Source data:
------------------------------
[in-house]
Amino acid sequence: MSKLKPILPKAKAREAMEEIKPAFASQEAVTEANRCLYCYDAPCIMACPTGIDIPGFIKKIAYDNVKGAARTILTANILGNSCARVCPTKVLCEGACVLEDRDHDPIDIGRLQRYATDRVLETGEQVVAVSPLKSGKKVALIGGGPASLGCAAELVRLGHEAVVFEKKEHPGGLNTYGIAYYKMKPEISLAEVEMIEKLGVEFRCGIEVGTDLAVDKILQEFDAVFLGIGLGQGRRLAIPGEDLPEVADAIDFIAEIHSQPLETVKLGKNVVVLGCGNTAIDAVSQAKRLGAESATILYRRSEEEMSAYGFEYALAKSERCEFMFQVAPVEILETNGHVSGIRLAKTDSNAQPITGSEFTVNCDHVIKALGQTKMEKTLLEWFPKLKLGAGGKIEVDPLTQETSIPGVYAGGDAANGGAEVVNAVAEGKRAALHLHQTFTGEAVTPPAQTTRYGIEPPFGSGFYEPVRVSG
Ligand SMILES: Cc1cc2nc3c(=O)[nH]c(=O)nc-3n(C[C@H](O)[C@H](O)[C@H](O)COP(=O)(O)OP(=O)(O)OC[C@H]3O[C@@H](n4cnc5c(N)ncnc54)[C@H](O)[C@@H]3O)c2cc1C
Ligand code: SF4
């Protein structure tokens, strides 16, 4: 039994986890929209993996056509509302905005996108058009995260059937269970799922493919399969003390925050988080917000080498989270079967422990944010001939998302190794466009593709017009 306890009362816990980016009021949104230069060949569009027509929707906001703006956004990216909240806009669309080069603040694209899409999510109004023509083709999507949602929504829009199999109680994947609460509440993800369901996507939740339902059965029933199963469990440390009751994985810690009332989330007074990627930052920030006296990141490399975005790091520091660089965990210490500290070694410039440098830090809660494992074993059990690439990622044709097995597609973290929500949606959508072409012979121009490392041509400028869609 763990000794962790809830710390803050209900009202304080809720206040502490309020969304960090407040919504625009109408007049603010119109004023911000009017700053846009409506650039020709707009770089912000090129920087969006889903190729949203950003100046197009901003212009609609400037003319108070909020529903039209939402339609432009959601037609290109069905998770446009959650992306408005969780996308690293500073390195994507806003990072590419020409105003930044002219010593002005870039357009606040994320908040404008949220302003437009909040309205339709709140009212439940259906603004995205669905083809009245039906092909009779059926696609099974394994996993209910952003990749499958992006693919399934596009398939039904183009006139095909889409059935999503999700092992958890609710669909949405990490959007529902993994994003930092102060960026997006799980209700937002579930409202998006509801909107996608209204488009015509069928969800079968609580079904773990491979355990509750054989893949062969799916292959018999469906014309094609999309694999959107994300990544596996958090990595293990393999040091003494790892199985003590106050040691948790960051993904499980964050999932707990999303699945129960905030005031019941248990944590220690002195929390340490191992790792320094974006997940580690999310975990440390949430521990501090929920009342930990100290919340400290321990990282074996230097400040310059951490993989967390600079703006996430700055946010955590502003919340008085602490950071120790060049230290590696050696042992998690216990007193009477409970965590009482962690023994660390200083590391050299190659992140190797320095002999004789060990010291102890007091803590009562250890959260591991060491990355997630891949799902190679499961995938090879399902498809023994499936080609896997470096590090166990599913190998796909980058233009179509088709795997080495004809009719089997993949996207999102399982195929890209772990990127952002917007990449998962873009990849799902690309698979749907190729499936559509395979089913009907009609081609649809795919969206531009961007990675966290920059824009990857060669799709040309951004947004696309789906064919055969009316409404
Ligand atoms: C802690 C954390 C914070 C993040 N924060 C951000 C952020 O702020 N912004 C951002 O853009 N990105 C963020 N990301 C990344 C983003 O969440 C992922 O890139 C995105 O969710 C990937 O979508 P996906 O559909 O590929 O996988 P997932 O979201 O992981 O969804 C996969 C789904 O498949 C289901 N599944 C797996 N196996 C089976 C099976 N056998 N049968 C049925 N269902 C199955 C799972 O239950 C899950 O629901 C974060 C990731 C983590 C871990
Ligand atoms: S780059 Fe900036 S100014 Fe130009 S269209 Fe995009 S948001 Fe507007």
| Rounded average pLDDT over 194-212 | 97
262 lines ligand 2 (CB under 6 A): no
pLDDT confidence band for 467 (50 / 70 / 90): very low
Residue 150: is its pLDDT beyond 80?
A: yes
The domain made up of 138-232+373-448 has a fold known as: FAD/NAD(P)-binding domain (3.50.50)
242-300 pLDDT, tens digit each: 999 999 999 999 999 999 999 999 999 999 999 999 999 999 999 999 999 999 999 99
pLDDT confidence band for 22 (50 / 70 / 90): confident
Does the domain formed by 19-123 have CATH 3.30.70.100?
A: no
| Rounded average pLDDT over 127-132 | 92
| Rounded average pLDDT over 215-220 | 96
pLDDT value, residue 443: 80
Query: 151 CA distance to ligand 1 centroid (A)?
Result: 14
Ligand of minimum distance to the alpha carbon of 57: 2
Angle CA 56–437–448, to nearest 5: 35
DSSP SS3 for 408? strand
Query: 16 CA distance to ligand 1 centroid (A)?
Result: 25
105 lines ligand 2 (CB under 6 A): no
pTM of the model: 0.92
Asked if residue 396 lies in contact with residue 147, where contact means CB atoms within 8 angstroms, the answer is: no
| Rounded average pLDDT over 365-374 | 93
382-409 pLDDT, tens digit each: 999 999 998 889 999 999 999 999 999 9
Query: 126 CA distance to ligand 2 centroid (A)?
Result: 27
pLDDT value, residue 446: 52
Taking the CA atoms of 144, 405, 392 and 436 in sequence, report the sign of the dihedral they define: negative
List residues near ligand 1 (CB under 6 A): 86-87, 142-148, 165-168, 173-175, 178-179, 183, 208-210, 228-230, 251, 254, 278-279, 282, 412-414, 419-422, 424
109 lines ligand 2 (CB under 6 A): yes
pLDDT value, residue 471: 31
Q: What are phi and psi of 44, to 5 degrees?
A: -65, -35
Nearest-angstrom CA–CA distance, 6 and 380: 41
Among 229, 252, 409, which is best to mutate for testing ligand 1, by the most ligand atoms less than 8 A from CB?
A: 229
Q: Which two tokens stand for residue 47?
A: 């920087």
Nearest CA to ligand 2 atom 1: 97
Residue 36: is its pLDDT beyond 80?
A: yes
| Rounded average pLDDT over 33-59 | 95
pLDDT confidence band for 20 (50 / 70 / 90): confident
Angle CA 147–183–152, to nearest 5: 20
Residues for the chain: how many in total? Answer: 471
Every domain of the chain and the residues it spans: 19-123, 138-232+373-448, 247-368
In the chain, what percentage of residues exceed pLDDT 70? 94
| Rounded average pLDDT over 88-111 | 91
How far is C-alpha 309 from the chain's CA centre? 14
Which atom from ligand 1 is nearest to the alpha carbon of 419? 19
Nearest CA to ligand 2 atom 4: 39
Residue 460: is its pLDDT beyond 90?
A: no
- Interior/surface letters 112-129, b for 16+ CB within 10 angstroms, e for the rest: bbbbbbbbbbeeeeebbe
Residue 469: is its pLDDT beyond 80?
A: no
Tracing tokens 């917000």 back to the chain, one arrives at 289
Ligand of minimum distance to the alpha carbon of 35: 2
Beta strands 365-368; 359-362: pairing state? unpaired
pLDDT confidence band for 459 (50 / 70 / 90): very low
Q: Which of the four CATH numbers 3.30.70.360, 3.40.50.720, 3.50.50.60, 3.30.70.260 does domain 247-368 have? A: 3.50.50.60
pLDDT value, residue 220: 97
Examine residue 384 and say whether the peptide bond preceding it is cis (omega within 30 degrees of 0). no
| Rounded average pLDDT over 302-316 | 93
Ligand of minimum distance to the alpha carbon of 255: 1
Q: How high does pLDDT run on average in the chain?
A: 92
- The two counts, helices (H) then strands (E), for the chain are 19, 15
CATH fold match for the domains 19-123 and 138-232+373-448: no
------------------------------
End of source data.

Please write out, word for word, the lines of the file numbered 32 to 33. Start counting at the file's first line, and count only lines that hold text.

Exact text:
382-409 pLDDT, tens digit each: 999 999 998 889 999 999 999 999 999 9
Query: 126 CA distance to ligand 2 centroid (A)?